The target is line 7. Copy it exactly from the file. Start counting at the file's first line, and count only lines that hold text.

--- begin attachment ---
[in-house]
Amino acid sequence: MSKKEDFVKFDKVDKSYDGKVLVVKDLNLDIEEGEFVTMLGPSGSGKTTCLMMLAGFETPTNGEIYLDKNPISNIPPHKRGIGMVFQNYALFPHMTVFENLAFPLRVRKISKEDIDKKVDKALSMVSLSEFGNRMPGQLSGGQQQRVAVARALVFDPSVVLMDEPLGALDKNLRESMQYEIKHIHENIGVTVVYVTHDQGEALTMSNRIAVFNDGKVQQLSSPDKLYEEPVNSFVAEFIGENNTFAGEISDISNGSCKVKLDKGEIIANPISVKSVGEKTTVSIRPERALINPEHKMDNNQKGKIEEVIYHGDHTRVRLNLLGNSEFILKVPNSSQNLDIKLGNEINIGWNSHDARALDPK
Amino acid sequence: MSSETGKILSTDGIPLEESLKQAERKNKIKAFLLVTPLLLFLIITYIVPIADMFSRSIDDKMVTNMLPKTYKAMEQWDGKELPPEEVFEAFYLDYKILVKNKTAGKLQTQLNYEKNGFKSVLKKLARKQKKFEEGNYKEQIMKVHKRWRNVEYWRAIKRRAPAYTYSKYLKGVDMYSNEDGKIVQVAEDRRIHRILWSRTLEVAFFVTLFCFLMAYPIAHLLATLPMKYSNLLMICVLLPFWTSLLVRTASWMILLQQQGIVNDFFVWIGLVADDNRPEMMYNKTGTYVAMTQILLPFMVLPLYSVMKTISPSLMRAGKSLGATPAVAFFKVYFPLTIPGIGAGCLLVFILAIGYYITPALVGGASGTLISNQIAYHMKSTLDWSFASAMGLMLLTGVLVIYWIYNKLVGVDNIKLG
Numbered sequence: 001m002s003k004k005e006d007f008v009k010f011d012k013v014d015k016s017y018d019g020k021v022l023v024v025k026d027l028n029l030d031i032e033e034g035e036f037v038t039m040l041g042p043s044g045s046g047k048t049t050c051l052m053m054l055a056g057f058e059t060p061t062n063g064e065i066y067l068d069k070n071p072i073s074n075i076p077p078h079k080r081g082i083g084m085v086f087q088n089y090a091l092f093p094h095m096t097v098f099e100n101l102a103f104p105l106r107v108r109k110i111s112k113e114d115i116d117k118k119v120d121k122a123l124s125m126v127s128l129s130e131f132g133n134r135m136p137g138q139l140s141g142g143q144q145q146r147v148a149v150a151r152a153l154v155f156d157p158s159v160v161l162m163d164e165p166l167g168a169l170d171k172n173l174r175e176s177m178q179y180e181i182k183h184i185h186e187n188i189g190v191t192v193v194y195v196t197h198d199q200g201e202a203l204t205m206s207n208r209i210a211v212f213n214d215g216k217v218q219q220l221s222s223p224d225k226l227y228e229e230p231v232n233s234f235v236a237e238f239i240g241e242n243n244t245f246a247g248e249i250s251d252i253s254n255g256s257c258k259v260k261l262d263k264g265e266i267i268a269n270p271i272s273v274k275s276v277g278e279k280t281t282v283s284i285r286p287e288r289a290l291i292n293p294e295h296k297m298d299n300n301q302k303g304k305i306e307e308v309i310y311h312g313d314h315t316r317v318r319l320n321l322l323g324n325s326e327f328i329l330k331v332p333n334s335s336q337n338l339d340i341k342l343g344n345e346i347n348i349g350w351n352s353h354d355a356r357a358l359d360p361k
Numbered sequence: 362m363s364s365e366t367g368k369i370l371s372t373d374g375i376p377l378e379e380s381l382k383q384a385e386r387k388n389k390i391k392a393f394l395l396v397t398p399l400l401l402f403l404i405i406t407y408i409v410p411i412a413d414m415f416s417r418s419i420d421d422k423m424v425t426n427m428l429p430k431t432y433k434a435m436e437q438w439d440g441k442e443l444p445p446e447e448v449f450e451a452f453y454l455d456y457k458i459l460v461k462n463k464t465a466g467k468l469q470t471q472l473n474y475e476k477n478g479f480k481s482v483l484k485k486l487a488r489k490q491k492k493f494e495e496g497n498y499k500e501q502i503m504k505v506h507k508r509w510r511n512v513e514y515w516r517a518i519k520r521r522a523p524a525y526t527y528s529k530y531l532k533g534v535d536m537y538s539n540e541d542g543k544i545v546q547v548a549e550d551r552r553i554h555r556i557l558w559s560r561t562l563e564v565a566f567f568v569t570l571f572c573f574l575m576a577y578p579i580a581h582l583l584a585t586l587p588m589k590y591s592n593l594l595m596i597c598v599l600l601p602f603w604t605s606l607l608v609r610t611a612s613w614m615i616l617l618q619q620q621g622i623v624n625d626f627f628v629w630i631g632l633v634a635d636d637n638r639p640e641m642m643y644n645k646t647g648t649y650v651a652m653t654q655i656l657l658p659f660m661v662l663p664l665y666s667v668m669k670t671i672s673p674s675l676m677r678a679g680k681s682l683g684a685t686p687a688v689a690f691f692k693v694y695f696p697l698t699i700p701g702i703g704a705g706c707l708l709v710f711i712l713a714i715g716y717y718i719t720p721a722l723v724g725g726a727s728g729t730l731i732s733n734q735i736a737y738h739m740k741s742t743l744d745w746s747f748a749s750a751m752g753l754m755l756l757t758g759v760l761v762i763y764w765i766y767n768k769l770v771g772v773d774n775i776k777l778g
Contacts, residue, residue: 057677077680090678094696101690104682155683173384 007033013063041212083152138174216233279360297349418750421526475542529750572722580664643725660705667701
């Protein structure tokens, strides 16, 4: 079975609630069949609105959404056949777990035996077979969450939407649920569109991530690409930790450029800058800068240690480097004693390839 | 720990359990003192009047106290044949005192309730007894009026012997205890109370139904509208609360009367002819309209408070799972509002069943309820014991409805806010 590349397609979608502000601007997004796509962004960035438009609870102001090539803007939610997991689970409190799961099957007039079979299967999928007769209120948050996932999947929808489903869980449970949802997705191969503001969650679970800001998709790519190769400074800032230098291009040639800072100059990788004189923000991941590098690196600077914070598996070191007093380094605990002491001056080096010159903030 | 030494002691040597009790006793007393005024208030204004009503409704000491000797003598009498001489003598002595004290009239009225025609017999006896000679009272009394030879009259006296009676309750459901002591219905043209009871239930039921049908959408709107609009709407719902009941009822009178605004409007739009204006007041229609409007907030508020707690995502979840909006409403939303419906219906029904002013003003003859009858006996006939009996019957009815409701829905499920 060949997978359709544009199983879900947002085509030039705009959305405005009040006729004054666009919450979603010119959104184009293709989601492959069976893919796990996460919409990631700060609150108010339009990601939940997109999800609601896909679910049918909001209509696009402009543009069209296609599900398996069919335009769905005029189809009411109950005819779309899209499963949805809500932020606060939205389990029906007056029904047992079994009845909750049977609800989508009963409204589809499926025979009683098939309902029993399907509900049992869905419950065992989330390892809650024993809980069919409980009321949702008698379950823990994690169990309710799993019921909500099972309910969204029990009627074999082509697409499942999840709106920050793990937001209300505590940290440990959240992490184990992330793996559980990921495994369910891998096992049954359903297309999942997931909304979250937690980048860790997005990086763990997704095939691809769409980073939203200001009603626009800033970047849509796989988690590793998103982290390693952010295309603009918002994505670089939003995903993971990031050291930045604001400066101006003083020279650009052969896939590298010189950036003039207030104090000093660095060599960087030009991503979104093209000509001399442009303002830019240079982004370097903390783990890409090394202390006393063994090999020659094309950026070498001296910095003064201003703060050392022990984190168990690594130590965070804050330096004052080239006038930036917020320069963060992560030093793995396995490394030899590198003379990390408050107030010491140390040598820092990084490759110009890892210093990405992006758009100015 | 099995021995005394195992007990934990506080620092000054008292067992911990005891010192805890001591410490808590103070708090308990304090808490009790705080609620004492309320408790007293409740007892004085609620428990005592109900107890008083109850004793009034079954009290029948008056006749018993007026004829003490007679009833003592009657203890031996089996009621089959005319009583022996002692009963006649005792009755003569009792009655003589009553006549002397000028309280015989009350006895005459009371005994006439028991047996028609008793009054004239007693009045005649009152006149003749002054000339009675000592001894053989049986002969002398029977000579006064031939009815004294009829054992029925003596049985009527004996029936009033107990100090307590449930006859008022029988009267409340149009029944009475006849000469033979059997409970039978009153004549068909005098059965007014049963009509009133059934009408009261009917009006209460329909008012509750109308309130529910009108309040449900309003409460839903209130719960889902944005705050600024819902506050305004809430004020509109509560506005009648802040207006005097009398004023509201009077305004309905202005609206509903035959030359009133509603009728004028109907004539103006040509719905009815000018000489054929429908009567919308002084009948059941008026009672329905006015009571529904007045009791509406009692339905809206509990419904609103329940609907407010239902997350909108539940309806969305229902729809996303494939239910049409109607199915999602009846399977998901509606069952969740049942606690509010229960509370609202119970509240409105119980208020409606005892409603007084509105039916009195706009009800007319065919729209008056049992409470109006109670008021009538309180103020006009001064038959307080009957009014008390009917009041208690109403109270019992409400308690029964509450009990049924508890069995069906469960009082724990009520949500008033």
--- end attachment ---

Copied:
């Protein structure tokens, strides 16, 4: 079975609630069949609105959404056949777990035996077979969450939407649920569109991530690409930790450029800058800068240690480097004693390839 | 720990359990003192009047106290044949005192309730007894009026012997205890109370139904509208609360009367002819309209408070799972509002069943309820014991409805806010 590349397609979608502000601007997004796509962004960035438009609870102001090539803007939610997991689970409190799961099957007039079979299967999928007769209120948050996932999947929808489903869980449970949802997705191969503001969650679970800001998709790519190769400074800032230098291009040639800072100059990788004189923000991941590098690196600077914070598996070191007093380094605990002491001056080096010159903030 | 030494002691040597009790006793007393005024208030204004009503409704000491000797003598009498001489003598002595004290009239009225025609017999006896000679009272009394030879009259006296009676309750459901002591219905043209009871239930039921049908959408709107609009709407719902009941009822009178605004409007739009204006007041229609409007907030508020707690995502979840909006409403939303419906219906029904002013003003003859009858006996006939009996019957009815409701829905499920 060949997978359709544009199983879900947002085509030039705009959305405005009040006729004054666009919450979603010119959104184009293709989601492959069976893919796990996460919409990631700060609150108010339009990601939940997109999800609601896909679910049918909001209509696009402009543009069209296609599900398996069919335009769905005029189809009411109950005819779309899209499963949805809500932020606060939205389990029906007056029904047992079994009845909750049977609800989508009963409204589809499926025979009683098939309902029993399907509900049992869905419950065992989330390892809650024993809980069919409980009321949702008698379950823990994690169990309710799993019921909500099972309910969204029990009627074999082509697409499942999840709106920050793990937001209300505590940290440990959240992490184990992330793996559980990921495994369910891998096992049954359903297309999942997931909304979250937690980048860790997005990086763990997704095939691809769409980073939203200001009603626009800033970047849509796989988690590793998103982290390693952010295309603009918002994505670089939003995903993971990031050291930045604001400066101006003083020279650009052969896939590298010189950036003039207030104090000093660095060599960087030009991503979104093209000509001399442009303002830019240079982004370097903390783990890409090394202390006393063994090999020659094309950026070498001296910095003064201003703060050392022990984190168990690594130590965070804050330096004052080239006038930036917020320069963060992560030093793995396995490394030899590198003379990390408050107030010491140390040598820092990084490759110009890892210093990405992006758009100015 | 099995021995005394195992007990934990506080620092000054008292067992911990005891010192805890001591410490808590103070708090308990304090808490009790705080609620004492309320408790007293409740007892004085609620428990005592109900107890008083109850004793009034079954009290029948008056006749018993007026004829003490007679009833003592009657203890031996089996009621089959005319009583022996002692009963006649005792009755003569009792009655003589009553006549002397000028309280015989009350006895005459009371005994006439028991047996028609008793009054004239007693009045005649009152006149003749002054000339009675000592001894053989049986002969002398029977000579006064031939009815004294009829054992029925003596049985009527004996029936009033107990100090307590449930006859008022029988009267409340149009029944009475006849000469033979059997409970039978009153004549068909005098059965007014049963009509009133059934009408009261009917009006209460329909008012509750109308309130529910009108309040449900309003409460839903209130719960889902944005705050600024819902506050305004809430004020509109509560506005009648802040207006005097009398004023509201009077305004309905202005609206509903035959030359009133509603009728004028109907004539103006040509719905009815000018000489054929429908009567919308002084009948059941008026009672329905006015009571529904007045009791509406009692339905809206509990419904609103329940609907407010239902997350909108539940309806969305229902729809996303494939239910049409109607199915999602009846399977998901509606069952969740049942606690509010229960509370609202119970509240409105119980208020409606005892409603007084509105039916009195706009009800007319065919729209008056049992409470109006109670008021009538309180103020006009001064038959307080009957009014008390009917009041208690109403109270019992409400308690029964509450009990049924508890069995069906469960009082724990009520949500008033």